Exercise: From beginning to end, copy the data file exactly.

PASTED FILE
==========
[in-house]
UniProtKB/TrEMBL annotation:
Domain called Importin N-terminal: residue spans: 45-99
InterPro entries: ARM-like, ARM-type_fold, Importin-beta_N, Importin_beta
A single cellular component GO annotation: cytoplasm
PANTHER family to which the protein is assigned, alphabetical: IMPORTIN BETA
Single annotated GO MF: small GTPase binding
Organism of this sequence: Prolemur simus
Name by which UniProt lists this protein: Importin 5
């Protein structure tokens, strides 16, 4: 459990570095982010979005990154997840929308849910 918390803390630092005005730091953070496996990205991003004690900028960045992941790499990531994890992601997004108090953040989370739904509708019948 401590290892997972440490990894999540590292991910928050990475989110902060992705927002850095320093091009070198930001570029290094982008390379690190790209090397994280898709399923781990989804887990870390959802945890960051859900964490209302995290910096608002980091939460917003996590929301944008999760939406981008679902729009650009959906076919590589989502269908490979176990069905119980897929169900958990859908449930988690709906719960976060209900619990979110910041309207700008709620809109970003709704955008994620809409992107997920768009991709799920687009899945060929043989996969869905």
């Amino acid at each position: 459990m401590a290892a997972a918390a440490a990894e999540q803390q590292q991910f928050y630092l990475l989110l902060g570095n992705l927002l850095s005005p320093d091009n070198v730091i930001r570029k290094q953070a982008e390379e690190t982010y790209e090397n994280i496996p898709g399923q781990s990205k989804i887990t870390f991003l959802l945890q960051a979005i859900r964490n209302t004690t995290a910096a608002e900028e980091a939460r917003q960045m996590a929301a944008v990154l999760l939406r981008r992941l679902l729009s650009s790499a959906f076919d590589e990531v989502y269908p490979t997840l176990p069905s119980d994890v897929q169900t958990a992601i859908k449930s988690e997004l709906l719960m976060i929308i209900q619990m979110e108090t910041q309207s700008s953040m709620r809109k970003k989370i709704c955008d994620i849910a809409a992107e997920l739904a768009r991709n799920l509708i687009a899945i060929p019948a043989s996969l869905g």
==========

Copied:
[in-house]
UniProtKB/TrEMBL annotation:
Domain called Importin N-terminal: residue spans: 45-99
InterPro entries: ARM-like, ARM-type_fold, Importin-beta_N, Importin_beta
A single cellular component GO annotation: cytoplasm
PANTHER family to which the protein is assigned, alphabetical: IMPORTIN BETA
Single annotated GO MF: small GTPase binding
Organism of this sequence: Prolemur simus
Name by which UniProt lists this protein: Importin 5
């Protein structure tokens, strides 16, 4: 459990570095982010979005990154997840929308849910 918390803390630092005005730091953070496996990205991003004690900028960045992941790499990531994890992601997004108090953040989370739904509708019948 401590290892997972440490990894999540590292991910928050990475989110902060992705927002850095320093091009070198930001570029290094982008390379690190790209090397994280898709399923781990989804887990870390959802945890960051859900964490209302995290910096608002980091939460917003996590929301944008999760939406981008679902729009650009959906076919590589989502269908490979176990069905119980897929169900958990859908449930988690709906719960976060209900619990979110910041309207700008709620809109970003709704955008994620809409992107997920768009991709799920687009899945060929043989996969869905």
């Amino acid at each position: 459990m401590a290892a997972a918390a440490a990894e999540q803390q590292q991910f928050y630092l990475l989110l902060g570095n992705l927002l850095s005005p320093d091009n070198v730091i930001r570029k290094q953070a982008e390379e690190t982010y790209e090397n994280i496996p898709g399923q781990s990205k989804i887990t870390f991003l959802l945890q960051a979005i859900r964490n209302t004690t995290a910096a608002e900028e980091a939460r917003q960045m996590a929301a944008v990154l999760l939406r981008r992941l679902l729009s650009s790499a959906f076919d590589e990531v989502y269908p490979t997840l176990p069905s119980d994890v897929q169900t958990a992601i859908k449930s988690e997004l709906l719960m976060i929308i209900q619990m979110e108090t910041q309207s700008s953040m709620r809109k970003k989370i709704c955008d994620i849910a809409a992107e997920l739904a768009r991709n799920l509708i687009a899945i060929p019948a043989s996969l869905g």